Grace and Hope IN THE BIBLe
THE BOOK OF ACTS: peter and paul
Anne Oâ€™BrieN Bible Studies on Grace and Hope in The Book of Acts
Grace and Hope in the Book of Acts Part 1 - PETER The Book of Acts is literally about the acts of the early apostles. The two significant men who helped grow the early church were Peter and then Paul. The growth of the church under Peter is documented in the first 11 chapters of Acts, and is the focus of our study today. The key verse is in Acts 4v33: “GREAT GRACE WAS UPON THEM ALL” PETER: The fisherman: tough, brave, overconfident, a coward, a failure – but forgiven. The Evangelist: strong, reliant on the Holy Spirit, persecuted, steadfast What changed Peter from a failure to someone who was used mightily by God? Read Acts 2v1-14: The Work of the Holy Spirit It was the outpouring of the Holy Spirit that changed everything for Peter, for the other followers, and ultimately for 3,000 people in the crowd that day. Living by God’s Grace and Walking in the Spirit are two independent characteristics, but we cannot say we are filled with the Spirit of God if we do not show his grace to others. Neither can we say we are sharing God’s grace unless it comes from the Spirit working within us. Being baptized in the Holy Spirit is more than just an enjoyable experience. It is God’s way of filling us with the presence and attributes of Christ so that: · We can become powerful witnesses · We can know the closeness of the presence of Jesus · We become more like him, showing kindness, forgiveness, and mercy God requires us to show his grace to others, and it works best when we allow him to do it through us, by his Holy Spirit. Read chapter 4v31-37: How should we interpret these verses in the light of our circumstances today? Do you feel you need more of God’s grace to deal with difficult circumstances or people? His grace is free – we only have to ask! Chapter 10 – God has no favourites – his grace is for all Christ’s death and resurrection bought salvation for all – not just the Jewish nation, but for whoever would come to him in repentance and faith. In this account we see a Roman Centurion, a God-fearer (a non-Jewish believer in God) seeking God. As he prays, he has a vision of an angel who tells him to send for Peter. God knew Peter would be reluctant to go, so he gave Peter a vision that challenged him to embrace the notion that salvation and baptism in the Holy Spirit were for all people, Jews and gentiles alike. Three times (what is it with Peter and the number 3!) Peter saw a sheet before him containing all kinds of animals, pure and unpure. God was wanting him to understand that no-one should be excluded from his love and grace. Verse 15: Do not call anything impure that God has made clean. Peter knew this was God’s will, because immediately afterwards the messenger came from Cornelius asking for him to go there. At the home of Cornelius, all who were gathered there were ready to hear from God (v24) and Peter was able to explain why God had led him to them (v28,29). He said: I now realise how true it is that God not not show favouritism, but accepts from every nation the one who fears him and does what is right. While Peter was still explaining the gospel to them the Holy Spirit fell on all who heard (believed) the gospel (v44-46). In this life-changing experience, Peter was growing in Grace and understanding of God’s ways. He had to learn to leave behind the restrictive laws of separation and embrace the new Age of Grace and all that it meant.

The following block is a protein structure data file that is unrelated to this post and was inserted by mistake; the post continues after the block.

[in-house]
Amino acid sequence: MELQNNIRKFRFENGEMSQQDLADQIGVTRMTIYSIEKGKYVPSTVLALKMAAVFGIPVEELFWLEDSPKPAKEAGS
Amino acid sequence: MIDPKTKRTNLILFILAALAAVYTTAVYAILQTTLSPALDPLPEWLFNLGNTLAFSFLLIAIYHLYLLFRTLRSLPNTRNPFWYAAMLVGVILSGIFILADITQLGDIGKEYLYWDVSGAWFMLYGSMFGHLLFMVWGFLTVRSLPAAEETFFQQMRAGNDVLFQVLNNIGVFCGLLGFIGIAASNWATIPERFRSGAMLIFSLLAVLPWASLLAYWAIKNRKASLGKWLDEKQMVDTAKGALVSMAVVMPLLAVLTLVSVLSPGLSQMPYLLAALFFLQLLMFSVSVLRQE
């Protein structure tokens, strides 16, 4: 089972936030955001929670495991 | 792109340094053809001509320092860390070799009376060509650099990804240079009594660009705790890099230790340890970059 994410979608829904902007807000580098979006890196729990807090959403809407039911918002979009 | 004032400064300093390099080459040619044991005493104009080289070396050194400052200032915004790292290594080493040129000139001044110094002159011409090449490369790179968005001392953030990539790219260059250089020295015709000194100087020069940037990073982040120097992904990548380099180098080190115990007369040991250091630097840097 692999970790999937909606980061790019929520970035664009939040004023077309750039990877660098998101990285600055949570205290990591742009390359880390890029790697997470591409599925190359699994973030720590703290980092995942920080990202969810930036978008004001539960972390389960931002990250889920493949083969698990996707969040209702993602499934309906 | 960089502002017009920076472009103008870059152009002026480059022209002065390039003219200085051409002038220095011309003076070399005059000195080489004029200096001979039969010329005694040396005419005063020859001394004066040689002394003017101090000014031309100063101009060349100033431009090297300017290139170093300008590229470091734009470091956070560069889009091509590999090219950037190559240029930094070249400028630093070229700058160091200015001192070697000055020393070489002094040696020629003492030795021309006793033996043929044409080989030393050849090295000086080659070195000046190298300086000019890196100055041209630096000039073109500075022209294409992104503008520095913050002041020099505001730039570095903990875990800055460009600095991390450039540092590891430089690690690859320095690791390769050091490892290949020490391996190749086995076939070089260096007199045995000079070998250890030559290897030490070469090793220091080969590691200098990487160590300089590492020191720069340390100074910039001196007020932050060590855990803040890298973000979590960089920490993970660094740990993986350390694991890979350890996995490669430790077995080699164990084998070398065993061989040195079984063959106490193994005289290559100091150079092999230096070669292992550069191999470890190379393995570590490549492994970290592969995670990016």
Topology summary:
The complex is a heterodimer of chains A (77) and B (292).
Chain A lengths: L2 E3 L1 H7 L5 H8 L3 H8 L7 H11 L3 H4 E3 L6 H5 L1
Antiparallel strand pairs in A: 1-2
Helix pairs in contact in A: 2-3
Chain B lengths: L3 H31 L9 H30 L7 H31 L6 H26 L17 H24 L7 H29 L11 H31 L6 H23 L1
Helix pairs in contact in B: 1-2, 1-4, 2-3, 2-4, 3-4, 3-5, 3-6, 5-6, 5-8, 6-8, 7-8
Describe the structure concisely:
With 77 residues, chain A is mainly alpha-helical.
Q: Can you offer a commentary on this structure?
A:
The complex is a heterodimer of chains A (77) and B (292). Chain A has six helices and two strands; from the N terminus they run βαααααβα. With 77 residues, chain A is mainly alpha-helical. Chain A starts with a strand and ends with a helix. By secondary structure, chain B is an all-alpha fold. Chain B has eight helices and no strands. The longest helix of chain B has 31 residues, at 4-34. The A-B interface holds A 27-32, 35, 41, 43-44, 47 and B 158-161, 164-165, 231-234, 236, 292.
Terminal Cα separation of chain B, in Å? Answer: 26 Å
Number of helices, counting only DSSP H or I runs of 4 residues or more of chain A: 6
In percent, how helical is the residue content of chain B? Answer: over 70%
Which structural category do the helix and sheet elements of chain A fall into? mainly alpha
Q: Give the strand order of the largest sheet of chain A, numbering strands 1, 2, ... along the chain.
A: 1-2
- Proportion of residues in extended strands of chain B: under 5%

How does this have significance for us? How often do we fall back on rules and regulations? How much do we rely on Church and Prayer meetings, and other people, rather than on the Holy Spirit? During the Covoid-19 “Lockdown” are we the same Christians as we were before? Peter’s experience should help us to realise that our guidance, our help, our strength, and our well-being is found in our relationship with Christ and his Holy Spirit dwelling within us. The presence of Christ, that should also be the means of us being able to bless others by sharing his gospel of grace with them. My key verse in Acts 4:33 is my prayer for us today – Great power to testify of Jesus, and great grace to be upon us all